How to Provide Long-Term Care to a Burgeoning Elderly Population

How to Provide Long-Term Care to a Burgeoning Elderly Population

Providing long-term care to a Burgeoning Elderly Population isn’t the problem. We know how to do that. Paying for it is.

Providing long-term care isn’t the problem. We know how to do that. Paying for it is.

So, I’m going to define the long-term care financing problem. Both government and scholars have focused corrective action on symptoms of the problem instead of its causes.

Long-term care for our Burgeoning Elderly Population includes a broad range of social, medical and custodial services that caregivers provide for three months or longer to help disabled people of any age perform activities of daily living such as eating, bathing, and toileting. Our focus is long-term care for the aged.

Let’s briefly restate that the this is a big issue. You know we have an aging baby boom generation. The numbers of beneficiaries already stressing Medicare and Social Security. They’ll overwhelm Medicaid, the dominant long-term care payer, when they start turning 85 in 2031. The U.S. age 85+ population, the cohort with the highest long-term care need, will triple between 2015 and 2050.

After age 65, people have a 70% probability of needing extended care, and a 5% probability that long-term care users will need ten years or more costing hundreds of thousand–even millions–of dollars. That there’s this gap between the number who need care at all and those who need extended care makes it possible to obtain insurance to protect you.

Care is very expensive wherever it is provided.

On average, nursing homes charge $9,500 to $11,000 per month.  Assisted Living costs $4,000 to $6,500 per month; dementia care can easily reach $8,500 or more.  The U.S. spent $366 billion on facility-based long-term care in 2016. Families and friends provided an additional half-a-trillion dollars’ worth of unpaid care, at huge financial and emotional distress.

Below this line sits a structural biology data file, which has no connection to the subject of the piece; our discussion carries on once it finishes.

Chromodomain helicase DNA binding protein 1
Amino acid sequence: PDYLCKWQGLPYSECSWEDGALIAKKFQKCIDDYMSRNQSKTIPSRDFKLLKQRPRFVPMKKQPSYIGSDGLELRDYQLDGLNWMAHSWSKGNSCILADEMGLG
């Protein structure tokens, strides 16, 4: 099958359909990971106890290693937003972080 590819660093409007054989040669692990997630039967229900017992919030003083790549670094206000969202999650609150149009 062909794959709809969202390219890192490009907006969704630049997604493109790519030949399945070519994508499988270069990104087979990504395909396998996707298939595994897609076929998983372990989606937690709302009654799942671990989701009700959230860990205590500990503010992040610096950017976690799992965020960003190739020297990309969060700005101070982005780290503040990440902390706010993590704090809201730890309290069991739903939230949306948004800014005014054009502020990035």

Family-provided care is not free. It requires much time off from work, early retirements, declined transfers and promotions, and a surprising amount of out-of-pocket incidentals.  Then there is Medicaid, a welfare program that favors nursing homes (just where you do not want to end up) because most assisted living facilities no longer are willing to accept its woefully inadequate reimbursement rates.

When people think care is free on Medicaid (welfare), they don’t prepare.  Once they find they are not welcomed where they want care delivered, it is too late to qualify for the insurance that can pay for care.  Medicaid takes more and more of your tax dollars, provides inadequate reimbursement for care – limiting your options of where you will be cared for, and makes you think you don’t need insurance.

Is the insurance prohibitively expensive as many mistakenly think?  Not when it is chosen appropriately.  There is no need to purchase enough to cover the entire bill. (An analogyis auto insurance–do you have 100% coverage for your car, or did you choose a deductible?)  Once you determine how much of the cost of care you can comfortably pay for yourself, you only need to buy enough LTC insurance to make up the difference.

A 50-year-old can buy coverage that will provide $9000 a month for one year of care ($108,000 total) for a premium of just $214 per year.  A 65-year-old can purchase $850,000 of coverage for less than $2000 a year.

If you want choices of where you might receive care, if you do not want to spend your entire nest egg on care, if you want to leave something other than your funeral bill to your family, perhaps you should investigate LTC insurance.  But, do it with an expert who knows the costs, how and where care is delivered, and how to choose appropriate coverage.

Romeo Raabe LUTCF, LTCP known as has been helping people choose appropriate LTC insurance coverage for 26 years.  He can be reached at (920) 884-3030.



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